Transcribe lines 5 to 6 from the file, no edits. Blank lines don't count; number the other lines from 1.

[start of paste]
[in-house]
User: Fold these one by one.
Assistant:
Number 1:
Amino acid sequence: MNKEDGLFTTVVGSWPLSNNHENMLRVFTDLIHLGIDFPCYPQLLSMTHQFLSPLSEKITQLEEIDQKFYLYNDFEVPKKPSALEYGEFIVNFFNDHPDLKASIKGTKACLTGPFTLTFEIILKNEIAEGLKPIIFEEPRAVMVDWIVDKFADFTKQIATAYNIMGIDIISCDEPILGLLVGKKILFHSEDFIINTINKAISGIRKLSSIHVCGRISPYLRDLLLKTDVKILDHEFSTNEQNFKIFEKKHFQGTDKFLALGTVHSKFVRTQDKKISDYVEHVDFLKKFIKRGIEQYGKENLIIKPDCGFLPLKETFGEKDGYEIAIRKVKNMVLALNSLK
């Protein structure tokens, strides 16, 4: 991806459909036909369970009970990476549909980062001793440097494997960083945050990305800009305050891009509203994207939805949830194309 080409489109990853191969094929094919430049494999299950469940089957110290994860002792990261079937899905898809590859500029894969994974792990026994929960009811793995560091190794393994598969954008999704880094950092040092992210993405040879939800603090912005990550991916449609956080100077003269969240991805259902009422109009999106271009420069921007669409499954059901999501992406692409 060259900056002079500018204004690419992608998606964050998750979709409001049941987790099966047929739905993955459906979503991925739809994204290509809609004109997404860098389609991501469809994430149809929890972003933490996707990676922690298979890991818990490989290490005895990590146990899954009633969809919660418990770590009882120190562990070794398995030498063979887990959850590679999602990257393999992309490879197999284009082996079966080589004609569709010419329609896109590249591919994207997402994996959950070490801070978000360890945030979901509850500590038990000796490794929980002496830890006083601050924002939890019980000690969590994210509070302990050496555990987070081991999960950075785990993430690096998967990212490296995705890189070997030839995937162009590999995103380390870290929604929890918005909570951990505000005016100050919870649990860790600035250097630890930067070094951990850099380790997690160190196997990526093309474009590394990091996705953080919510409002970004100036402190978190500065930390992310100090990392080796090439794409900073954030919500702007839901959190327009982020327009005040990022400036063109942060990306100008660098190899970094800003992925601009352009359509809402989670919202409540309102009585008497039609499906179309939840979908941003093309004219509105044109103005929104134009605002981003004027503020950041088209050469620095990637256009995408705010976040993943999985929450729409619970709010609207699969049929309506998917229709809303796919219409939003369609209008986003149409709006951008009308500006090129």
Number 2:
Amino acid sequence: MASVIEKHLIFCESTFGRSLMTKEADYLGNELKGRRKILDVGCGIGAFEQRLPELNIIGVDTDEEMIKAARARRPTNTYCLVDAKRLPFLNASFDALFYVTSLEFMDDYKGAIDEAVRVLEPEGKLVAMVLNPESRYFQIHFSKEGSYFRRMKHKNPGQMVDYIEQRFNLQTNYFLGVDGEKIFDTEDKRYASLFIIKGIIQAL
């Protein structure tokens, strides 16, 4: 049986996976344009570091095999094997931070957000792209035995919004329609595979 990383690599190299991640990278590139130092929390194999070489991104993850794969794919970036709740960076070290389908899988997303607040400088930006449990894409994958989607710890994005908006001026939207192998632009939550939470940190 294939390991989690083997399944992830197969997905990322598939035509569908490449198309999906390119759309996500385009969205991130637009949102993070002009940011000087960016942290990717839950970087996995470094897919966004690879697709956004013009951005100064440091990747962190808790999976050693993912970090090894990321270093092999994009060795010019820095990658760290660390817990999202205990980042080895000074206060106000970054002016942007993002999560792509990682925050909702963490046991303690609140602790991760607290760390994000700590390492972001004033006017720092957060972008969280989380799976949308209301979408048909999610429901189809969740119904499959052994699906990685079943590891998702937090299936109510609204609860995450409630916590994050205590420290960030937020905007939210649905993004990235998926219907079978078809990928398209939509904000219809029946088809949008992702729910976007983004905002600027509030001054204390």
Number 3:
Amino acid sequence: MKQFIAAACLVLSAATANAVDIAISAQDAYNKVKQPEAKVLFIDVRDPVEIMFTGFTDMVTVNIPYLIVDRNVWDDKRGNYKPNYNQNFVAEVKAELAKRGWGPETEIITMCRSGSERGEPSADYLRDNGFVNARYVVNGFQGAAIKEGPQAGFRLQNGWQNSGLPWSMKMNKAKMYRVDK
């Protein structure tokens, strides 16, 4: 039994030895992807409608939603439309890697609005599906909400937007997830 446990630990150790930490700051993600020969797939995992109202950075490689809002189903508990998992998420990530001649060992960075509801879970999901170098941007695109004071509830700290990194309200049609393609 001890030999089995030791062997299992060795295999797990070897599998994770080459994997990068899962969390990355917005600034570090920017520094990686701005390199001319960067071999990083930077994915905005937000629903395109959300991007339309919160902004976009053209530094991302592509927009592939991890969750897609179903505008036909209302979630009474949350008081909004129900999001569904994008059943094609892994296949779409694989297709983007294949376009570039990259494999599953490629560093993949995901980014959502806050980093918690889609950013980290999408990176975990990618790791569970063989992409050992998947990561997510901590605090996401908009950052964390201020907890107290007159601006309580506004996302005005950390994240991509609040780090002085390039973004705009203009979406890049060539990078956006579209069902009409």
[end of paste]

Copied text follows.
Amino acid sequence: MNKEDGLFTTVVGSWPLSNNHENMLRVFTDLIHLGIDFPCYPQLLSMTHQFLSPLSEKITQLEEIDQKFYLYNDFEVPKKPSALEYGEFIVNFFNDHPDLKASIKGTKACLTGPFTLTFEIILKNEIAEGLKPIIFEEPRAVMVDWIVDKFADFTKQIATAYNIMGIDIISCDEPILGLLVGKKILFHSEDFIINTINKAISGIRKLSSIHVCGRISPYLRDLLLKTDVKILDHEFSTNEQNFKIFEKKHFQGTDKFLALGTVHSKFVRTQDKKISDYVEHVDFLKKFIKRGIEQYGKENLIIKPDCGFLPLKETFGEKDGYEIAIRKVKNMVLALNSLK
């Protein structure tokens, strides 16, 4: 991806459909036909369970009970990476549909980062001793440097494997960083945050990305800009305050891009509203994207939805949830194309 080409489109990853191969094929094919430049494999299950469940089957110290994860002792990261079937899905898809590859500029894969994974792990026994929960009811793995560091190794393994598969954008999704880094950092040092992210993405040879939800603090912005990550991916449609956080100077003269969240991805259902009422109009999106271009420069921007669409499954059901999501992406692409 060259900056002079500018204004690419992608998606964050998750979709409001049941987790099966047929739905993955459906979503991925739809994204290509809609004109997404860098389609991501469809994430149809929890972003933490996707990676922690298979890991818990490989290490005895990590146990899954009633969809919660418990770590009882120190562990070794398995030498063979887990959850590679999602990257393999992309490879197999284009082996079966080589004609569709010419329609896109590249591919994207997402994996959950070490801070978000360890945030979901509850500590038990000796490794929980002496830890006083601050924002939890019980000690969590994210509070302990050496555990987070081991999960950075785990993430690096998967990212490296995705890189070997030839995937162009590999995103380390870290929604929890918005909570951990505000005016100050919870649990860790600035250097630890930067070094951990850099380790997690160190196997990526093309474009590394990091996705953080919510409002970004100036402190978190500065930390992310100090990392080796090439794409900073954030919500702007839901959190327009982020327009005040990022400036063109942060990306100008660098190899970094800003992925601009352009359509809402989670919202409540309102009585008497039609499906179309939840979908941003093309004219509105044109103005929104134009605002981003004027503020950041088209050469620095990637256009995408705010976040993943999985929450729409619970709010609207699969049929309506998917229709809303796919219409939003369609209008986003149409709006951008009308500006090129």